Casual Friday: Nearly as dependable as the sun rising in the mornings and setting in the evenings! Here I am again at week’s end, with no appointments.
My mother gave me this charming printed blouse for my birthday last year.
This blouse holds its own on Casual Friday, but there’s chill in the air and so I think I’ll add a scarf. Purely for utilitarian reasons.
My utilitarian scarf.
Actually, it is keeping my neck warm.
Come closer and see the details.
So beautiful, right? Flowers and butterflies and every shade of pink, from petal to raspberry.
My husband is my photographer. To keep all of these digital files organized (at this point, there are zillions), he groups them by outfit and gives them descriptive names. These pictures are called “Gingham Scarf.” Think about that for a minute. My husband sort of knows what gingham is (even, grid-like pattern) — O.K., not bad — but doesn’t know the difference between a blouse and a scarf. Oh no! What must that be like?
If you are interested in this jacket-and-blouse combination in a different color combination, check out this earlier post: Casual Friday: Professorial Tweed.
Jacket: JCrew; Blouse: Talbots; Scarf Tory Burch Kyoto Scarf (try eBay?); Jeans: Lucky Brand; Shoes: Taryn Rose; Bag: Coach Gramercy Satchel
12 thoughts on “Casual Friday: That Last Little Thing”
I love it; I love scarves and that is a pretty one, nice colors. My husband calls everything a woman wears on the bottom a “dress”, every jacket, blouse or other top is a “coat”. He just doesn’t get all the nuances of women’s clothing. But that’s OK.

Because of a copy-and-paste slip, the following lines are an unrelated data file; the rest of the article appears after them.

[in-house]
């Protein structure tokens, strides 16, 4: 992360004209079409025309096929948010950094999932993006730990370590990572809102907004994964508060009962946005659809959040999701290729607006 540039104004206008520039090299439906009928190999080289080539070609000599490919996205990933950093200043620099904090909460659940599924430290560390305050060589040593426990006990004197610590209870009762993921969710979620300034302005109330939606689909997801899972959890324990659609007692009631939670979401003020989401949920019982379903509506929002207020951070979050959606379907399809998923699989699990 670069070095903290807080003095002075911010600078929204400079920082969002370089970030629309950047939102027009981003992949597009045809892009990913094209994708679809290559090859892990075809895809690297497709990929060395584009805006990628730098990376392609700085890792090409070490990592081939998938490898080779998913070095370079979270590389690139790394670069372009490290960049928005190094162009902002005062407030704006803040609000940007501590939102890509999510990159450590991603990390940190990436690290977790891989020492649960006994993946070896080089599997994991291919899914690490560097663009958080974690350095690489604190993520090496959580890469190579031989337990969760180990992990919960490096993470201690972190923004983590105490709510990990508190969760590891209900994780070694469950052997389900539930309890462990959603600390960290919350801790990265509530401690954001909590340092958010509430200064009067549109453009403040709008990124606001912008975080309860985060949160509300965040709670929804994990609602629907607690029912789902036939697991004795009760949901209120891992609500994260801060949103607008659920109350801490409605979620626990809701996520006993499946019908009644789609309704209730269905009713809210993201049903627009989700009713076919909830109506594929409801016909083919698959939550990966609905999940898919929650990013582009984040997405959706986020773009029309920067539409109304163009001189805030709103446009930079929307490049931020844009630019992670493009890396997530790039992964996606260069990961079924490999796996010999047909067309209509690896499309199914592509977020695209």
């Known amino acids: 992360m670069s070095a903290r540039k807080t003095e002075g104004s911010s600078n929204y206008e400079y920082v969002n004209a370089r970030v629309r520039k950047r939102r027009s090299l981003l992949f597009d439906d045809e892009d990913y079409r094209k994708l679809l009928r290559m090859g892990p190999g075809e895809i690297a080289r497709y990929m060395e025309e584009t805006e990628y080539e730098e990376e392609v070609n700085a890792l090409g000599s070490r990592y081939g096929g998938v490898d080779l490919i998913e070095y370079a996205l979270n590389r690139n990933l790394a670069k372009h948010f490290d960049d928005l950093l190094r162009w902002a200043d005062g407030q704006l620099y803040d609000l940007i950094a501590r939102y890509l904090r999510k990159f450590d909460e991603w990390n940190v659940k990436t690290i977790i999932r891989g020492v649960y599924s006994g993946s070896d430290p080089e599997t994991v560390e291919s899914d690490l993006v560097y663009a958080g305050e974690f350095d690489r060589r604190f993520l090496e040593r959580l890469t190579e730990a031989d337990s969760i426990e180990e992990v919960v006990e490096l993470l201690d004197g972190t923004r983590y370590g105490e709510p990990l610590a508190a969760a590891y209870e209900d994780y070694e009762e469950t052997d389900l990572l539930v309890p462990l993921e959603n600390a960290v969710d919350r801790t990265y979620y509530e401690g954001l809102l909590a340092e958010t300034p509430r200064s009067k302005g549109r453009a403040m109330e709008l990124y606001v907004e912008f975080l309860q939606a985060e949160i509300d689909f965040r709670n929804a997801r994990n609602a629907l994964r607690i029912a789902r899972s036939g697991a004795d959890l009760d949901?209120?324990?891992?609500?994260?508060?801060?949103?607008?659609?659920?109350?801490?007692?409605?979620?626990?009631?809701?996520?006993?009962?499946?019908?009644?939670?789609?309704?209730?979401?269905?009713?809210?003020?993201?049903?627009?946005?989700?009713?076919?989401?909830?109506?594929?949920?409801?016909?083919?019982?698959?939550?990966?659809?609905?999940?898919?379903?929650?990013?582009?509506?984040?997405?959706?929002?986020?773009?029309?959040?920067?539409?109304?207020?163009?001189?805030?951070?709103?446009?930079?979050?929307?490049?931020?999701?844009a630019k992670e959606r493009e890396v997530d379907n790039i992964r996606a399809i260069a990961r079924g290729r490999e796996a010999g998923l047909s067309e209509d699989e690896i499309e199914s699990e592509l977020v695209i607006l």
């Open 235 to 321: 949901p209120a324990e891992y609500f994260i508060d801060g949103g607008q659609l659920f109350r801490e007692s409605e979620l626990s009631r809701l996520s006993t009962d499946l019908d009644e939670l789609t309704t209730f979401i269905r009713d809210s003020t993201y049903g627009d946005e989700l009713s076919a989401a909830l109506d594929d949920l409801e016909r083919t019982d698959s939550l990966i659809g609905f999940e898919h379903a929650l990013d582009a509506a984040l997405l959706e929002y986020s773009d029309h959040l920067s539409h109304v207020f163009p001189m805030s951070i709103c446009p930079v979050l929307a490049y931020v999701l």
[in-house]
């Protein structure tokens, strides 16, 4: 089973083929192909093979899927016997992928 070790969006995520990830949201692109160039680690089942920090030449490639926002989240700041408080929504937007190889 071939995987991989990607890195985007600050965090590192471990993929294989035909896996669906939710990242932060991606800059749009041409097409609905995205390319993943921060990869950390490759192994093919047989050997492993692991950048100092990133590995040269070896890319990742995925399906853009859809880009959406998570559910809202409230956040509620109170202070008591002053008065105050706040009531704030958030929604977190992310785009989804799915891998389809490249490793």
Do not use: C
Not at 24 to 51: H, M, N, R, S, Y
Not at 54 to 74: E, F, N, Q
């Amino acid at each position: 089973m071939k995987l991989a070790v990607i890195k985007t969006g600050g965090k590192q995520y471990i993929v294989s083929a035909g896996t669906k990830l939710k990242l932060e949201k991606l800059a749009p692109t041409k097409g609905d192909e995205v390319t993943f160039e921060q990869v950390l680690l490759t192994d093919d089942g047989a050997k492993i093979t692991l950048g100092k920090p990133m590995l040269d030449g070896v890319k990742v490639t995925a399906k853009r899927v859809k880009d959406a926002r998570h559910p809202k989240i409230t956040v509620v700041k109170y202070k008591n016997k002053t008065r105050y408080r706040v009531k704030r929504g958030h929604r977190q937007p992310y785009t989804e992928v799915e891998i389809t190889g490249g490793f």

A very pretty scarf. And so useful too 😉
I’m with Michael; broad brush is my limitation on descriptors. Even though I sew, my fabric recognition in terms of content is poor but my desire for it is limitless. Your pictures are great. I think she knows you are a keeper… Kate
Indeed he is! My observation is only an observation, not a criticism.
Yes, when it comes to filenames for clothing I just take the first two or three words that come into my head, and the results are entertainingly random. Looking back, I see I’ve used “square-frilly-orange”, “waffle-dress”, “big-white-pockets”, “gorgeous-blue-dress”, “awesome-green-jacket”, “not-intellectual”, “pumpkin-dress”, “crinklyblouse”, and “complex-striped-blouse.” But to the expertise goes the vocabulary. So if you will manage the peplums, viscose, ticking, darts, vents, cady, voile, boucle, broderie anglaise, and Kitten Heels for Everyone, I will manage the 50 and 24mm prime lenses, the white balance and the ISO, the aperture and the bokeh, and enforce the occasional Oxford comma. It will all work out just fine. I love you, dear! Marry me!
I do! I have!
Just reading the Directrice’s husband’s occasional comments makes me want to read his books.
Oh, you should! He is an extraordinarily gifted writer. His books, Rebuilt and World Wide Mind, are wonderful and a third, which I think will be mind-blowing, is in progress!
Ah, so Michael is saying his descriptor is “gingham [and] scarf.” I cannot argue with a fellow partisan of the Oxford comma. In fact, I wore a gingham shirt and a flowered scarf today, inspired by your post!
Hi Sarah — So he suggests . . . now. But it sounds a little like a post hoc rationalization to me. He will readily admit that he has to think hard about the difference between a dress and a skirt!
Directrice, I so enjoy your blog and love today’s stylish turn on an otherwise casual Friday look. I’ve been more timid about pairing patterns and appreciate your pretty results. Very inspiring. I was also inspired to investigate Michael’s books, as you both have demonstrated such a appealing writing styles. Happy to report that I just ordered Rebuilt from Amazon after reading a few sample pages. I can’t wait to settle in for what appears to be a very interesting read. Thanks to you both for sharing your style and wit!
J’adore votre look J’aime voir les dames portant de beaux chemisiers le look entièrement boutonné vous vas très bien